Yesterday I spent the day at Stony Brook, one of the branches of the State University of New York (SUNY), which has a long and distinguished history, and a bright future, in high-energy physics and related fields. It is the home of the C.N.Yang Institute and the Simons Center. My main task was to deliver a colloquium on the Large Hadron Collider [LHC] (roughly the same talk I gave at Harvard recently) but the real pleasure of the visit (at least for me) was catching up with what some of my colleagues who work there, or who were themselves visiting there, have been doing recently.
One thing I’ve not talked about yet on this website — mainly because it is more technical than LHC physics — is that a lot of progress is being made right now understanding the fundamentals of my entire research area. I refer here to what is known as “quantum field theory” [QFT for short]. It’s not a “theory” in the colloquial sense of “hunch” or “conjecture”, where you imagine someone saying “my theory is that it was the butler’s fault”. This is a second meaning, very common in science, of the word “theory”: a mathematical framework for scientific calculations, and a conceptual framework that goes along with it.
Quoting from my Higgs FAQ, a field is something that
- is present everywhere in space and time,
- can be, on average, zero or not zero, and
- can have waves in it.
- And if it is a quantum field, its waves are made from particles.
One example of a field is the wind. Another is the electric field. A third is the Higgs field. And there are many more. In particular, every type of elementary particle is a ripple in a corresponding quantum field. [There’s a bit on this in the video clips from a recent public talk that I gave at the Secret Science Club.]
The general class of equations that we use to calculate the behavior of quantum fields — quantum field theory — is therefore crucial in particle physics. In fact, you can’t do much particle physics or string theory without running into the mathematics of QFT. The subject also has a big role to play in cosmology (the history of the universe) and in the research area known as “condensed matter physics”, which includes as a big subset the physics of solid materials.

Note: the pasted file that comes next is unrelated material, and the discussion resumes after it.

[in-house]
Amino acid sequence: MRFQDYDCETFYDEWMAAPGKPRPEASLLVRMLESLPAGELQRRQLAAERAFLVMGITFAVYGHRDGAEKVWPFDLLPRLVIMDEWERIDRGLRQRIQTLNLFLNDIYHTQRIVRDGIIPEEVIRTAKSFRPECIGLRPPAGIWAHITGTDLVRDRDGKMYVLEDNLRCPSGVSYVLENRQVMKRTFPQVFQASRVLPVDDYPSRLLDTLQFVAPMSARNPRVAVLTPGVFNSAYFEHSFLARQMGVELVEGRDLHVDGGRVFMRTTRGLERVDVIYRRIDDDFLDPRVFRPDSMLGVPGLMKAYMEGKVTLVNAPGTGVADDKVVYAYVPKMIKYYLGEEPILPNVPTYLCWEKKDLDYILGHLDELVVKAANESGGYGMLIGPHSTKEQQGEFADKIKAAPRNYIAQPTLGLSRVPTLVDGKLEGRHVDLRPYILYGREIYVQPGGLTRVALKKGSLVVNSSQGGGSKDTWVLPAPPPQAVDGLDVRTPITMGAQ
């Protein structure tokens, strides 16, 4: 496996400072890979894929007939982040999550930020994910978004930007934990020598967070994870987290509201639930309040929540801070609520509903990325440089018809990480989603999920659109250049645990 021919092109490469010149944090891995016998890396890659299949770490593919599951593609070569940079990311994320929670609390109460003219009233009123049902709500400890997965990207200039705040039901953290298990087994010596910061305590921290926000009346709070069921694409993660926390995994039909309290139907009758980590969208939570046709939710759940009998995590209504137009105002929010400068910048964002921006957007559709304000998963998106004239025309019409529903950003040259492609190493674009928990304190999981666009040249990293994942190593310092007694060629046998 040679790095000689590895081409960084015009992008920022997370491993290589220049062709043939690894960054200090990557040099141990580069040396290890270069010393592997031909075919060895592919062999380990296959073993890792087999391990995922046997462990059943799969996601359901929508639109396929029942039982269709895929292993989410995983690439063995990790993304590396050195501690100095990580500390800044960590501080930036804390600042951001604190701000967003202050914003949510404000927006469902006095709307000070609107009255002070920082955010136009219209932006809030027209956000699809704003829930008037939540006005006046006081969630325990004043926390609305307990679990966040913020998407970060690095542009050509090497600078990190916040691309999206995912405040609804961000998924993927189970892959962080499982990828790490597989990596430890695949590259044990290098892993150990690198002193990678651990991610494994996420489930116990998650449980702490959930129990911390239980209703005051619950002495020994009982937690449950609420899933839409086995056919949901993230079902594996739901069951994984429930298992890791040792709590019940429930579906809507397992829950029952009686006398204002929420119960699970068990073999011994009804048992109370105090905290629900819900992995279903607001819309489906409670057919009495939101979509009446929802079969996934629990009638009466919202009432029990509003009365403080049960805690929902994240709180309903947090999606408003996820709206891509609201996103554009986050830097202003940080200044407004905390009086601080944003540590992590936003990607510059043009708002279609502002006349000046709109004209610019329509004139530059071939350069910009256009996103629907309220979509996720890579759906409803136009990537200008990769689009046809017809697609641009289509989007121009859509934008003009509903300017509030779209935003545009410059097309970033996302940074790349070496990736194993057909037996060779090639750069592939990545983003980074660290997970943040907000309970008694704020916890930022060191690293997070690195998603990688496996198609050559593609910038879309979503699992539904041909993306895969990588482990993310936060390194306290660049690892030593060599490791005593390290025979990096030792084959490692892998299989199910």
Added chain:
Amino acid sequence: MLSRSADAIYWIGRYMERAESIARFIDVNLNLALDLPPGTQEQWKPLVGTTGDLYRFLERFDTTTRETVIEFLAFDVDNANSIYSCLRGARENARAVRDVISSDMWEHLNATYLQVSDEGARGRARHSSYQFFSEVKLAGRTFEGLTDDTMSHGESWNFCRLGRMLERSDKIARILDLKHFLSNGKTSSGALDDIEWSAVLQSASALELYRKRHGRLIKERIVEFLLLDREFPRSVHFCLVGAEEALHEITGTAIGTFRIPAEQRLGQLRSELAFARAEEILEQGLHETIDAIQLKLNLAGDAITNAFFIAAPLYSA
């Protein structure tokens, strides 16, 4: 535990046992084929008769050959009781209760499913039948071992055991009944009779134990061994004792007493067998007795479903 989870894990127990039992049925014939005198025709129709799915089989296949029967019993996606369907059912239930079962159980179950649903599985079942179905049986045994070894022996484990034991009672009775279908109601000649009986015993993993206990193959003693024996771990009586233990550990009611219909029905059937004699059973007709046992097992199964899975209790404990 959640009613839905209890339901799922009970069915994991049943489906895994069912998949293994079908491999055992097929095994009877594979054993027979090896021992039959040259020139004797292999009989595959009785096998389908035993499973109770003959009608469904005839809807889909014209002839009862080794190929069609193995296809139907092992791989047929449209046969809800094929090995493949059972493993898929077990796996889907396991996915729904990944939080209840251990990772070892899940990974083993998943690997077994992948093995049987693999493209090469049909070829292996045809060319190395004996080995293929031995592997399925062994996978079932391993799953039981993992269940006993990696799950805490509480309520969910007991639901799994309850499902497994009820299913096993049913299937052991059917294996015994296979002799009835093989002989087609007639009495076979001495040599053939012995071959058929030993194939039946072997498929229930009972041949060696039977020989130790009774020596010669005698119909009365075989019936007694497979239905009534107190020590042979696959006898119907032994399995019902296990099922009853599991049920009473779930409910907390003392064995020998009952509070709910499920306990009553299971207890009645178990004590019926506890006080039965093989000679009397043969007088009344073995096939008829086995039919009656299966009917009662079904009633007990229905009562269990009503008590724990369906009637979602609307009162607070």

Although quantum field theory was invented in the middle of last century, it still holds many great mysteries, and there’s still an enormous amount for us to learn. I myself have spent much of my career studying new methods for understanding the behavior of and making predictions in quantum field theory. And though right now my focus is on the LHC, I’ve been fascinated by several recent important developments in the subject, including advances in answering decades-old questions.
My day at Stony Brook was mostly filled with discussions of these issues… the most striking being a fairly convincing proof, by Zohar Komargodski and Adam Schwimmer, of a 30-year old conjecture (due to John Cardy, I believe) of what is known as the “a-theorem”. Roughly speaking, a quantum field theory in a world like ours, with three spatial dimensions and one time dimension, has a calculable quantity, called “a” for historical reasons, that helps characterize it. The conjecture is that if you take any quantum field theory, and study the phenomena that it exhibits at longer and longer distance (for instance, if you compare how a quark and an antiquark behave when they are very close together to how they behave when they are further apart) you will find that “a” always decreases. [Very roughly: at short distances quarks and antiquarks can bounce off each other easily, through the strong nuclear force, but at long distances the strong nuclear force traps them tightly inside hadrons, such as a proton. In this transition, the quantity “a” decreases.] There’s been lots of evidence in favor of this conjecture for many years, but now a proof seems to have been found — and what is nice is that it requires a tricky and interesting new technical idea, after which the proof becomes elegant and simple.